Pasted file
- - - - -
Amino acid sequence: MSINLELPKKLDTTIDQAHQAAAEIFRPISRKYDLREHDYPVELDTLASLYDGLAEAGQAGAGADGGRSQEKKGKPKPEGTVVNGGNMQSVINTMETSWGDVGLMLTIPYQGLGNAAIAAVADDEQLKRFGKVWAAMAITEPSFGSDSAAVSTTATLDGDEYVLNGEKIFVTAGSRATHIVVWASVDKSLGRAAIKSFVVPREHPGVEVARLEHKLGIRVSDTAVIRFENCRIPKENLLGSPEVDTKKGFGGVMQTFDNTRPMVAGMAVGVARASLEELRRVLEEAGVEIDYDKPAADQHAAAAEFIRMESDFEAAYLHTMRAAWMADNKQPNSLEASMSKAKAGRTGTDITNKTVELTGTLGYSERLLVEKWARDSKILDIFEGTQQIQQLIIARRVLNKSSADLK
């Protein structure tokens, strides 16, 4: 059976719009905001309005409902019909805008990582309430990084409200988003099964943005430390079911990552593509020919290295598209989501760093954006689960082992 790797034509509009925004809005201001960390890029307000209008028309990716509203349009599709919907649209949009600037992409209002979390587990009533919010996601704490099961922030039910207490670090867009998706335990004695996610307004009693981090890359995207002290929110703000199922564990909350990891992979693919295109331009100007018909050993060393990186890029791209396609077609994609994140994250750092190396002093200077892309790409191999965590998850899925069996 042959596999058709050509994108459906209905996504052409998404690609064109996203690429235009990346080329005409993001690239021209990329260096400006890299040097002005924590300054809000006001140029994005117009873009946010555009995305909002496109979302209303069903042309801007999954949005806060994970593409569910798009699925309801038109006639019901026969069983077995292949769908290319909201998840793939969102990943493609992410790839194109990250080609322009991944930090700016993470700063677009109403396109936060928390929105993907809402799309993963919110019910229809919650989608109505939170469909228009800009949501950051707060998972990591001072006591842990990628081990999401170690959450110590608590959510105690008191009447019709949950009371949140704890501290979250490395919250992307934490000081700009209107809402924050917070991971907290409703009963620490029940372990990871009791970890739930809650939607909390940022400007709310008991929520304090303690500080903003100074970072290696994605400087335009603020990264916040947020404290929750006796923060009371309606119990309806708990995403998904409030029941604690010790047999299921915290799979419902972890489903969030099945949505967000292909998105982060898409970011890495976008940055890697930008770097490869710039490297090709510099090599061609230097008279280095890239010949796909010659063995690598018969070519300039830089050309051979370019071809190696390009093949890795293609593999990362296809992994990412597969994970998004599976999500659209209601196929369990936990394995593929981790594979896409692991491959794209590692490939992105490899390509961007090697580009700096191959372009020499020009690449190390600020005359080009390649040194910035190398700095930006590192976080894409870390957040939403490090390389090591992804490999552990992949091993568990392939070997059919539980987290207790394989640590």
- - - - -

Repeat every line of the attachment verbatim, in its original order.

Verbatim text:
Amino acid sequence: MSINLELPKKLDTTIDQAHQAAAEIFRPISRKYDLREHDYPVELDTLASLYDGLAEAGQAGAGADGGRSQEKKGKPKPEGTVVNGGNMQSVINTMETSWGDVGLMLTIPYQGLGNAAIAAVADDEQLKRFGKVWAAMAITEPSFGSDSAAVSTTATLDGDEYVLNGEKIFVTAGSRATHIVVWASVDKSLGRAAIKSFVVPREHPGVEVARLEHKLGIRVSDTAVIRFENCRIPKENLLGSPEVDTKKGFGGVMQTFDNTRPMVAGMAVGVARASLEELRRVLEEAGVEIDYDKPAADQHAAAAEFIRMESDFEAAYLHTMRAAWMADNKQPNSLEASMSKAKAGRTGTDITNKTVELTGTLGYSERLLVEKWARDSKILDIFEGTQQIQQLIIARRVLNKSSADLK
């Protein structure tokens, strides 16, 4: 059976719009905001309005409902019909805008990582309430990084409200988003099964943005430390079911990552593509020919290295598209989501760093954006689960082992 790797034509509009925004809005201001960390890029307000209008028309990716509203349009599709919907649209949009600037992409209002979390587990009533919010996601704490099961922030039910207490670090867009998706335990004695996610307004009693981090890359995207002290929110703000199922564990909350990891992979693919295109331009100007018909050993060393990186890029791209396609077609994609994140994250750092190396002093200077892309790409191999965590998850899925069996 042959596999058709050509994108459906209905996504052409998404690609064109996203690429235009990346080329005409993001690239021209990329260096400006890299040097002005924590300054809000006001140029994005117009873009946010555009995305909002496109979302209303069903042309801007999954949005806060994970593409569910798009699925309801038109006639019901026969069983077995292949769908290319909201998840793939969102990943493609992410790839194109990250080609322009991944930090700016993470700063677009109403396109936060928390929105993907809402799309993963919110019910229809919650989608109505939170469909228009800009949501950051707060998972990591001072006591842990990628081990999401170690959450110590608590959510105690008191009447019709949950009371949140704890501290979250490395919250992307934490000081700009209107809402924050917070991971907290409703009963620490029940372990990871009791970890739930809650939607909390940022400007709310008991929520304090303690500080903003100074970072290696994605400087335009603020990264916040947020404290929750006796923060009371309606119990309806708990995403998904409030029941604690010790047999299921915290799979419902972890489903969030099945949505967000292909998105982060898409970011890495976008940055890697930008770097490869710039490297090709510099090599061609230097008279280095890239010949796909010659063995690598018969070519300039830089050309051979370019071809190696390009093949890795293609593999990362296809992994990412597969994970998004599976999500659209209601196929369990936990394995593929981790594979896409692991491959794209590692490939992105490899390509961007090697580009700096191959372009020499020009690449190390600020005359080009390649040194910035190398700095930006590192976080894409870390957040939403490090390389090591992804490999552990992949091993568990392939070997059919539980987290207790394989640590």